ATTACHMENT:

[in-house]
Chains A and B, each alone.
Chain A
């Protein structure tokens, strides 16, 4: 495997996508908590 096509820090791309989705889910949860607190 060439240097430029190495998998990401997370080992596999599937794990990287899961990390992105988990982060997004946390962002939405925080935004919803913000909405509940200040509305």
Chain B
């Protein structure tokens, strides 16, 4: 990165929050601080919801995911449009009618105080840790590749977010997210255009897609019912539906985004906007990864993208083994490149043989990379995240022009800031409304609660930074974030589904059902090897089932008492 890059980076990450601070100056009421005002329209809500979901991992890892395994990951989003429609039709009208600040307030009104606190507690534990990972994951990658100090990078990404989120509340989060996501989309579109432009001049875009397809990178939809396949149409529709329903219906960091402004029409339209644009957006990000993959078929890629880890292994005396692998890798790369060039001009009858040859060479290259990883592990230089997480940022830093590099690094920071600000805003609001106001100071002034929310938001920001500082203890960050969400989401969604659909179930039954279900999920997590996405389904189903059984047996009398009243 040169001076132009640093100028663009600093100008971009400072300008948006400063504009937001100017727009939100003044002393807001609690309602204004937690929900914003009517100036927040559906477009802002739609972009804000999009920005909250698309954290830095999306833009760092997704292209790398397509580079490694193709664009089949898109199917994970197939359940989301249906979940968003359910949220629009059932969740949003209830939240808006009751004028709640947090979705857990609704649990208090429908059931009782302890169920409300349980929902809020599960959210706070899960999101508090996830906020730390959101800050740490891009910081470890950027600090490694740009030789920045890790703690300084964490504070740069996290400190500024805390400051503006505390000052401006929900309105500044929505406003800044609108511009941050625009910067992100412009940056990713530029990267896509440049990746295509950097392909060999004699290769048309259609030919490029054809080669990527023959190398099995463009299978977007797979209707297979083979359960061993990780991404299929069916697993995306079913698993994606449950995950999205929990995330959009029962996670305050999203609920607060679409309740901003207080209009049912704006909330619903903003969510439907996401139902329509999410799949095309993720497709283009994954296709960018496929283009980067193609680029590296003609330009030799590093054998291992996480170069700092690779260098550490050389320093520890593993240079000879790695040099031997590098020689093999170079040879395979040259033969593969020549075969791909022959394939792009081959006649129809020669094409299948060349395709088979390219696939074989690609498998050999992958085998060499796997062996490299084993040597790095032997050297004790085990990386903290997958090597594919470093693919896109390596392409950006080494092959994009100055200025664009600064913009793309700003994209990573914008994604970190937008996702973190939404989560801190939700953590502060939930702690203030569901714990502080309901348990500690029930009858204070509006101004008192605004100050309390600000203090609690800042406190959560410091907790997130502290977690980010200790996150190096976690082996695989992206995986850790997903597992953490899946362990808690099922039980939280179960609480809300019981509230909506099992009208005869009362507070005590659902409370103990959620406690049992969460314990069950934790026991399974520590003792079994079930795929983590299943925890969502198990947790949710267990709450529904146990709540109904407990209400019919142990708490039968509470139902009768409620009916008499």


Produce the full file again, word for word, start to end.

[in-house]
Chains A and B, each alone.
Chain A
């Protein structure tokens, strides 16, 4: 495997996508908590 096509820090791309989705889910949860607190 060439240097430029190495998998990401997370080992596999599937794990990287899961990390992105988990982060997004946390962002939405925080935004919803913000909405509940200040509305």
Chain B
């Protein structure tokens, strides 16, 4: 990165929050601080919801995911449009009618105080840790590749977010997210255009897609019912539906985004906007990864993208083994490149043989990379995240022009800031409304609660930074974030589904059902090897089932008492 890059980076990450601070100056009421005002329209809500979901991992890892395994990951989003429609039709009208600040307030009104606190507690534990990972994951990658100090990078990404989120509340989060996501989309579109432009001049875009397809990178939809396949149409529709329903219906960091402004029409339209644009957006990000993959078929890629880890292994005396692998890798790369060039001009009858040859060479290259990883592990230089997480940022830093590099690094920071600000805003609001106001100071002034929310938001920001500082203890960050969400989401969604659909179930039954279900999920997590996405389904189903059984047996009398009243 040169001076132009640093100028663009600093100008971009400072300008948006400063504009937001100017727009939100003044002393807001609690309602204004937690929900914003009517100036927040559906477009802002739609972009804000999009920005909250698309954290830095999306833009760092997704292209790398397509580079490694193709664009089949898109199917994970197939359940989301249906979940968003359910949220629009059932969740949003209830939240808006009751004028709640947090979705857990609704649990208090429908059931009782302890169920409300349980929902809020599960959210706070899960999101508090996830906020730390959101800050740490891009910081470890950027600090490694740009030789920045890790703690300084964490504070740069996290400190500024805390400051503006505390000052401006929900309105500044929505406003800044609108511009941050625009910067992100412009940056990713530029990267896509440049990746295509950097392909060999004699290769048309259609030919490029054809080669990527023959190398099995463009299978977007797979209707297979083979359960061993990780991404299929069916697993995306079913698993994606449950995950999205929990995330959009029962996670305050999203609920607060679409309740901003207080209009049912704006909330619903903003969510439907996401139902329509999410799949095309993720497709283009994954296709960018496929283009980067193609680029590296003609330009030799590093054998291992996480170069700092690779260098550490050389320093520890593993240079000879790695040099031997590098020689093999170079040879395979040259033969593969020549075969791909022959394939792009081959006649129809020669094409299948060349395709088979390219696939074989690609498998050999992958085998060499796997062996490299084993040597790095032997050297004790085990990386903290997958090597594919470093693919896109390596392409950006080494092959994009100055200025664009600064913009793309700003994209990573914008994604970190937008996702973190939404989560801190939700953590502060939930702690203030569901714990502080309901348990500690029930009858204070509006101004008192605004100050309390600000203090609690800042406190959560410091907790997130502290977690980010200790996150190096976690082996695989992206995986850790997903597992953490899946362990808690099922039980939280179960609480809300019981509230909506099992009208005869009362507070005590659902409370103990959620406690049992969460314990069950934790026991399974520590003792079994079930795929983590299943925890969502198990947790949710267990709450529904146990709540109904407990209400019919142990708490039968509470139902009768409620009916008499």